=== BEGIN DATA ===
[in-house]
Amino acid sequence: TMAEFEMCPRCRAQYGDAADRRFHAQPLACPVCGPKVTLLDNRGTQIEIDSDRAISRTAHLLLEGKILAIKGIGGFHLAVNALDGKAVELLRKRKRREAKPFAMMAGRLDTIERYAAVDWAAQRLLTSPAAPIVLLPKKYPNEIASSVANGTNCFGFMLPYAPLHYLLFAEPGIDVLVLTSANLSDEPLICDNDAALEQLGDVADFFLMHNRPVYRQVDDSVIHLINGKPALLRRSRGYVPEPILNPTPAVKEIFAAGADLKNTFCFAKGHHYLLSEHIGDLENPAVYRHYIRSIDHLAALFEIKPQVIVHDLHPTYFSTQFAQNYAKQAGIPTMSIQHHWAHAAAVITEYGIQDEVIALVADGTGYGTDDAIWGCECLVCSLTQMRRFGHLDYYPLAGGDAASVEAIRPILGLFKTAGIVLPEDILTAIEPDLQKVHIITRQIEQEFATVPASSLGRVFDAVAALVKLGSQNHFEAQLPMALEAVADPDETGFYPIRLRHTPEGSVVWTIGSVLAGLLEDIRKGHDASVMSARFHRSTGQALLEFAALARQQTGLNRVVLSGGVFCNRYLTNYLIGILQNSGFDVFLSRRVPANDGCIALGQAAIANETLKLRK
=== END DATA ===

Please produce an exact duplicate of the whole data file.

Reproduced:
[in-house]
Amino acid sequence: TMAEFEMCPRCRAQYGDAADRRFHAQPLACPVCGPKVTLLDNRGTQIEIDSDRAISRTAHLLLEGKILAIKGIGGFHLAVNALDGKAVELLRKRKRREAKPFAMMAGRLDTIERYAAVDWAAQRLLTSPAAPIVLLPKKYPNEIASSVANGTNCFGFMLPYAPLHYLLFAEPGIDVLVLTSANLSDEPLICDNDAALEQLGDVADFFLMHNRPVYRQVDDSVIHLINGKPALLRRSRGYVPEPILNPTPAVKEIFAAGADLKNTFCFAKGHHYLLSEHIGDLENPAVYRHYIRSIDHLAALFEIKPQVIVHDLHPTYFSTQFAQNYAKQAGIPTMSIQHHWAHAAAVITEYGIQDEVIALVADGTGYGTDDAIWGCECLVCSLTQMRRFGHLDYYPLAGGDAASVEAIRPILGLFKTAGIVLPEDILTAIEPDLQKVHIITRQIEQEFATVPASSLGRVFDAVAALVKLGSQNHFEAQLPMALEAVADPDETGFYPIRLRHTPEGSVVWTIGSVLAGLLEDIRKGHDASVMSARFHRSTGQALLEFAALARQQTGLNRVVLSGGVFCNRYLTNYLIGILQNSGFDVFLSRRVPANDGCIALGQAAIANETLKLRK